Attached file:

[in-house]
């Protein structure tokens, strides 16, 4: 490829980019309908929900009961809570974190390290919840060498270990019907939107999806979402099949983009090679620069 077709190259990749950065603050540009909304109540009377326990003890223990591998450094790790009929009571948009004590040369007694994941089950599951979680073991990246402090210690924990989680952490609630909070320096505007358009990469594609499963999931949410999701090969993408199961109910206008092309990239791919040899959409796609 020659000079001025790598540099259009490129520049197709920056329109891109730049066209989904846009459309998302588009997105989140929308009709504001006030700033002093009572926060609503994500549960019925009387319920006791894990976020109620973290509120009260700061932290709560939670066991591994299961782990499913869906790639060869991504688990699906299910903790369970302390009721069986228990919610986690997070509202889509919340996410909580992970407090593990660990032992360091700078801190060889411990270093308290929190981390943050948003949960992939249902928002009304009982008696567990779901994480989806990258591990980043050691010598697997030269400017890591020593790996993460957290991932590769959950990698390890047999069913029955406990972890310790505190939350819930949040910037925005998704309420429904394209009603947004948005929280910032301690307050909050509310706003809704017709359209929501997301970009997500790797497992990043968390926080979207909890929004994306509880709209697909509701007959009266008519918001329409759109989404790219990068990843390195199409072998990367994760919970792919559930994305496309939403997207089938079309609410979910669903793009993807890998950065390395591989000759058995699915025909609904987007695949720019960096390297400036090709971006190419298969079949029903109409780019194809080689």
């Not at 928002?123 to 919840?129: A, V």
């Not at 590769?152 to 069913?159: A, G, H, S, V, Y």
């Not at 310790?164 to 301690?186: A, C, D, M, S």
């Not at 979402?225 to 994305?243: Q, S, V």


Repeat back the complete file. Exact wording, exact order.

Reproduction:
[in-house]
């Protein structure tokens, strides 16, 4: 490829980019309908929900009961809570974190390290919840060498270990019907939107999806979402099949983009090679620069 077709190259990749950065603050540009909304109540009377326990003890223990591998450094790790009929009571948009004590040369007694994941089950599951979680073991990246402090210690924990989680952490609630909070320096505007358009990469594609499963999931949410999701090969993408199961109910206008092309990239791919040899959409796609 020659000079001025790598540099259009490129520049197709920056329109891109730049066209989904846009459309998302588009997105989140929308009709504001006030700033002093009572926060609503994500549960019925009387319920006791894990976020109620973290509120009260700061932290709560939670066991591994299961782990499913869906790639060869991504688990699906299910903790369970302390009721069986228990919610986690997070509202889509919340996410909580992970407090593990660990032992360091700078801190060889411990270093308290929190981390943050948003949960992939249902928002009304009982008696567990779901994480989806990258591990980043050691010598697997030269400017890591020593790996993460957290991932590769959950990698390890047999069913029955406990972890310790505190939350819930949040910037925005998704309420429904394209009603947004948005929280910032301690307050909050509310706003809704017709359209929501997301970009997500790797497992990043968390926080979207909890929004994306509880709209697909509701007959009266008519918001329409759109989404790219990068990843390195199409072998990367994760919970792919559930994305496309939403997207089938079309609410979910669903793009993807890998950065390395591989000759058995699915025909609904987007695949720019960096390297400036090709971006190419298969079949029903109409780019194809080689």
């Not at 928002?123 to 919840?129: A, V």
């Not at 590769?152 to 069913?159: A, G, H, S, V, Y």
């Not at 310790?164 to 301690?186: A, C, D, M, S």
């Not at 979402?225 to 994305?243: Q, S, V």